Also, if my comparison is a joke, does that mean this is too?:

              http://www.hallofstats.com/

              This whole discussion reminded me of a discussion I had on another forum (a music one, curiously enough) on which great athletes were discussed. When I put up the Babe as a possibility for greatest athlete ever, another poster (European, which might be relevant) dismissed the possibility, because he didn't "look like an athlete." I lit into him like you did me.
              Found in a fortune cookie On Thursday, August 18th, 2005: "Hard words break no bones, Kind words butter no parsnips."

              1955 1959 1963 1965 1981 1988 2020

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              • Caution: Foul Language!
                Jim Leyland tearing Bonds a new one. Apparently no MLB player of recent vintage excelled Bonds in being a trouble-making, low-life wretch. Pre-steroids Bonds was one of the worst post season players ever.

                http://www.youtube.com/watch?v=P9DHA2dJ7uQ
                Last edited by Badge714; 11-18-2012, 02:32 PM. Reason: Caution - foul Language.
                ". . . the Ruth, the whole Ruth and nothing but the Ruth . . ."

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                • My favorite book on Ruth is Babe Ruth in Red Stockings.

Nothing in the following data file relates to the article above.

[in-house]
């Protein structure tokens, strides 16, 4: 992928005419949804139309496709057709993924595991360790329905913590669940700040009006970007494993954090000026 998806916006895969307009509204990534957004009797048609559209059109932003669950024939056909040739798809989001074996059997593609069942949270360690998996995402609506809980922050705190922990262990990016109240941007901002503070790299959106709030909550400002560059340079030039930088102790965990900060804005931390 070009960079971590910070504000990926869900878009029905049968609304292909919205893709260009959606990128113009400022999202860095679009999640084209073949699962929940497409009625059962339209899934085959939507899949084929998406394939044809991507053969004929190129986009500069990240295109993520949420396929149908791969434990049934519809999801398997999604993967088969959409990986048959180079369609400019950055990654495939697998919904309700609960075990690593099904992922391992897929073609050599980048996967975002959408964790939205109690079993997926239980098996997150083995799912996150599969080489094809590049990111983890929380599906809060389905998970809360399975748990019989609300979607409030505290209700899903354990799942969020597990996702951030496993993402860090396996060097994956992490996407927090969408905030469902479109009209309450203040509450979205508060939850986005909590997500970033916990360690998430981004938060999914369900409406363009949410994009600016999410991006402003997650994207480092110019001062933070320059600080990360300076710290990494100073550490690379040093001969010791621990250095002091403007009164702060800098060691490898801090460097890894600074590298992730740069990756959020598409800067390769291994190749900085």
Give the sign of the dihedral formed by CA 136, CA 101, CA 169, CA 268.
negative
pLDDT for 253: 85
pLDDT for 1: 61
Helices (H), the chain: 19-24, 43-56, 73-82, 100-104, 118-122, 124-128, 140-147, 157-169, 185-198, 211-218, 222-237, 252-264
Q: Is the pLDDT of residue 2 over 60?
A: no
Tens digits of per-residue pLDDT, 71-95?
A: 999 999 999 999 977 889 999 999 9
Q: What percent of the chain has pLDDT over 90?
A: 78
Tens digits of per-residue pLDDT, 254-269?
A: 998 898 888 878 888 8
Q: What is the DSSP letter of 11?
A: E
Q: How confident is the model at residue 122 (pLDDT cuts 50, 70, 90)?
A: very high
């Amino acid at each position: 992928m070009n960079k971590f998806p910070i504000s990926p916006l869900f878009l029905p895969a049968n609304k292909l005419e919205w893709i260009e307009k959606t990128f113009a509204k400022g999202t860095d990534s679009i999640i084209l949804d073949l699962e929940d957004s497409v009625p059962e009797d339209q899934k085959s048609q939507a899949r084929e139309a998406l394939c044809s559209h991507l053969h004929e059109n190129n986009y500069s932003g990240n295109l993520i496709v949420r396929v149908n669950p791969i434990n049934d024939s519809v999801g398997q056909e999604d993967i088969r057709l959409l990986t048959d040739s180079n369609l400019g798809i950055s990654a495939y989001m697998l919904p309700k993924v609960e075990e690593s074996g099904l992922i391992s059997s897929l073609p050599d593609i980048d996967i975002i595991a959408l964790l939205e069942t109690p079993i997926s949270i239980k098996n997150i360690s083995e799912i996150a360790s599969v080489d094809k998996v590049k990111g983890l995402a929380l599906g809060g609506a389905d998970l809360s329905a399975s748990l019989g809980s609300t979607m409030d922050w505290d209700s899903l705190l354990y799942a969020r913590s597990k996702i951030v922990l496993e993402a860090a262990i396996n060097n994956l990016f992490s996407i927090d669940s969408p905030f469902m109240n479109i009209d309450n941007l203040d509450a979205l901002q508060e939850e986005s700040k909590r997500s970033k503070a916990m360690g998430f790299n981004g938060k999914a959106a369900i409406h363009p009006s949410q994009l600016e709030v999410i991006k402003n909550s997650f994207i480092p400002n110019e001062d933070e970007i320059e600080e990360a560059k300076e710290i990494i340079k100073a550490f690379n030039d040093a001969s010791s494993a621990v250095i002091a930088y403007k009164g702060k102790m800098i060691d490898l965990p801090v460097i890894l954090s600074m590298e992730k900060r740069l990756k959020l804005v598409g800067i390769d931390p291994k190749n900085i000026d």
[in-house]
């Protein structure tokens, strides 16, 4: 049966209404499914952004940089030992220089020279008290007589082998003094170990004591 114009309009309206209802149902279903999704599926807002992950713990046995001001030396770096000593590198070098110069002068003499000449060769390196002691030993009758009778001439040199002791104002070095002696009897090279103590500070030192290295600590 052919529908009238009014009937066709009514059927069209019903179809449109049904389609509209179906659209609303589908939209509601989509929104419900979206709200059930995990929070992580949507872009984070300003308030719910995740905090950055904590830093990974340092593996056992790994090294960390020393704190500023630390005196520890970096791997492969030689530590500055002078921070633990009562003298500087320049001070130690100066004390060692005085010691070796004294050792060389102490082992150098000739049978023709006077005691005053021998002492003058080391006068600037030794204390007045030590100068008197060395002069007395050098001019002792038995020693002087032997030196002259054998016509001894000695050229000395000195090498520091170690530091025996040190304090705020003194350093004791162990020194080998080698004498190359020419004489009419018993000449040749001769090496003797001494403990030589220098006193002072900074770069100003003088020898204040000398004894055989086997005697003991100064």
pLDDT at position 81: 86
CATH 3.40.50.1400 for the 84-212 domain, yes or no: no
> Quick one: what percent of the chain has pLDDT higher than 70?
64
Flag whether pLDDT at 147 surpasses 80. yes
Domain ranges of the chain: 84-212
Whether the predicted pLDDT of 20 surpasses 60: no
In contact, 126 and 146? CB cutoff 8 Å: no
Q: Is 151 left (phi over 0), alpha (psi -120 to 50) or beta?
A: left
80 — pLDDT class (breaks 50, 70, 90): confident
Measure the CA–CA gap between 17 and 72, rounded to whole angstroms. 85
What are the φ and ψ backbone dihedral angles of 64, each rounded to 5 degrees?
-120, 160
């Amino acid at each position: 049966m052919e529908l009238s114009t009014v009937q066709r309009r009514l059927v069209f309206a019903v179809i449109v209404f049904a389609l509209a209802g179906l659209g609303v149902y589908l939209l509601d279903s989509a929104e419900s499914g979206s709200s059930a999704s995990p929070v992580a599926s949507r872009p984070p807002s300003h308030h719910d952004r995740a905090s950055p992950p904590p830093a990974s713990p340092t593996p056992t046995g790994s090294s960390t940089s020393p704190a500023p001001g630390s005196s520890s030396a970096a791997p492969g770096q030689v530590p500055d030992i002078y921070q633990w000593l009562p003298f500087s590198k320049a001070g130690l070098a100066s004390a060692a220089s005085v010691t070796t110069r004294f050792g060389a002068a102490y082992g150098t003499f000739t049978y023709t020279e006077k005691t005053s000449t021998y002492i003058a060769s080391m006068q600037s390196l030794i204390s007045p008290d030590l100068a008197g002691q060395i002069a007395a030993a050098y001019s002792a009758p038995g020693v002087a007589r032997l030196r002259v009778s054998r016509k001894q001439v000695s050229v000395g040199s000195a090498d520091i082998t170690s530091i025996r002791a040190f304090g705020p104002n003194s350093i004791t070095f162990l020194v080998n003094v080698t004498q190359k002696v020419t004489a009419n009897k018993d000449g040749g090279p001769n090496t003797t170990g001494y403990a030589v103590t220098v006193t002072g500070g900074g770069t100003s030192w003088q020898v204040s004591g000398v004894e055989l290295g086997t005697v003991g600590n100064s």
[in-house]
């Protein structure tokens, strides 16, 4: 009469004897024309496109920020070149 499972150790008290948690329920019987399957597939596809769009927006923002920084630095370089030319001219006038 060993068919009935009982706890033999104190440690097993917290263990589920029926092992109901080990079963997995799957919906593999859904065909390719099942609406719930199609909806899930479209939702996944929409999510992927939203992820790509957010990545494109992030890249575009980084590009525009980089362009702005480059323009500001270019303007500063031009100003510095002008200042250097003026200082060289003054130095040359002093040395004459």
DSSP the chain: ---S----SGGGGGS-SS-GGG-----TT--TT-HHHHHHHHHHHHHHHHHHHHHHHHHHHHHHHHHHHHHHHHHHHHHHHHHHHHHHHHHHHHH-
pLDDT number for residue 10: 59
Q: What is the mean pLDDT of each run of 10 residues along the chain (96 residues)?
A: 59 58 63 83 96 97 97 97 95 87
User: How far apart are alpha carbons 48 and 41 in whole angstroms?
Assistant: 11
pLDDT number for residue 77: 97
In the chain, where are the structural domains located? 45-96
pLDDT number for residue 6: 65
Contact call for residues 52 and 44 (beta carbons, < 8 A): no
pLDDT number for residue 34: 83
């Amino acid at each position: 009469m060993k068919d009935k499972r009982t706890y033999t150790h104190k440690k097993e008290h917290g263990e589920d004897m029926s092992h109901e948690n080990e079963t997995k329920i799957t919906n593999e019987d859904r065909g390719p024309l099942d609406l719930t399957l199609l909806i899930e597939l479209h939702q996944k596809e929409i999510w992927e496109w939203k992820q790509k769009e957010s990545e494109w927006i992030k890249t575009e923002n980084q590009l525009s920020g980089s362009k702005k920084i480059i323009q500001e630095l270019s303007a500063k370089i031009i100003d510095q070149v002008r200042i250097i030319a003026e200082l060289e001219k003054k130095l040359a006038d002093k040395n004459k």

I actually think Ruth was at his very best talent-wise during his Red Sox years. He was much leaner then. He broke into the league at a ripped 186 pounds and stayed under 200 until around 1919. He was quite the outfielder back then: very good range, rifle arm with great accuracy, sure hands, perfect decision making, and great instincts as to where to play each hitter. I think for about a 2 year span(1918-1919; maybe toss in 1923), Ruth as every bit as good as Bonds was at fielding. What's most amazing to me is that Ruth, despite playing a long ball game as a pitcher in 1918 in a ball park designed for small ball, he still posted a ridiculous 197 OPS+ in 1918. And Ruth was just getting warmed up as a 23 year old in 1918. His 1918 season is my favorite. He literally carried the Sox on his back to win the World Series that year. Everybody talks about Ruth's advantage in the Live Ball era because he was playing long ball baseball against a bunch of small ball people in a game best suited for the long ball. My counter to that is 1918-1919. Here, Ruth was playing long ball in a ball park and era designed for small ball, yet he still murdered everyone(except for possibly Cobb), despite being tired and distracted from all of his pitching. It is Ruth's stint with the Red Sox that erases all doubt to me about how good he really was. And Ruth was drawing intentional walks as early as 1916 as a 21 year old pitcher.